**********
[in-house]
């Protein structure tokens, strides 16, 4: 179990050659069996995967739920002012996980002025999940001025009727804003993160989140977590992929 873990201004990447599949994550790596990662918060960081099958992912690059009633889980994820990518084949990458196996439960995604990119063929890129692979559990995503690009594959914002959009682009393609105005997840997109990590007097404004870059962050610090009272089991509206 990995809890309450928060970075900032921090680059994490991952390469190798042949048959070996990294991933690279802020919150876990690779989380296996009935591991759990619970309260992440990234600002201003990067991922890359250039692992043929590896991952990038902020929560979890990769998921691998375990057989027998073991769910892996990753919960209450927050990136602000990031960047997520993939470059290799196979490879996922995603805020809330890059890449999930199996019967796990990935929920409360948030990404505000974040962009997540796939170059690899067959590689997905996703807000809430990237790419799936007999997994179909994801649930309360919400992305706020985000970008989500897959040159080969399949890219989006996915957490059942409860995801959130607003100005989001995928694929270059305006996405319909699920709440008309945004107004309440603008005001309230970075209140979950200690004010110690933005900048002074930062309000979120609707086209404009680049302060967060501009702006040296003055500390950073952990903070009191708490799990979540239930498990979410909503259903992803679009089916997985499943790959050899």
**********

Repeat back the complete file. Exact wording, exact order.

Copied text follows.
[in-house]
């Protein structure tokens, strides 16, 4: 179990050659069996995967739920002012996980002025999940001025009727804003993160989140977590992929 873990201004990447599949994550790596990662918060960081099958992912690059009633889980994820990518084949990458196996439960995604990119063929890129692979559990995503690009594959914002959009682009393609105005997840997109990590007097404004870059962050610090009272089991509206 990995809890309450928060970075900032921090680059994490991952390469190798042949048959070996990294991933690279802020919150876990690779989380296996009935591991759990619970309260992440990234600002201003990067991922890359250039692992043929590896991952990038902020929560979890990769998921691998375990057989027998073991769910892996990753919960209450927050990136602000990031960047997520993939470059290799196979490879996922995603805020809330890059890449999930199996019967796990990935929920409360948030990404505000974040962009997540796939170059690899067959590689997905996703807000809430990237790419799936007999997994179909994801649930309360919400992305706020985000970008989500897959040159080969399949890219989006996915957490059942409860995801959130607003100005989001995928694929270059305006996405319909699920709440008309945004107004309440603008005001309230970075209140979950200690004010110690933005900048002074930062309000979120609707086209404009680049302060967060501009702006040296003055500390950073952990903070009191708490799990979540239930498990979410909503259903992803679009089916997985499943790959050899």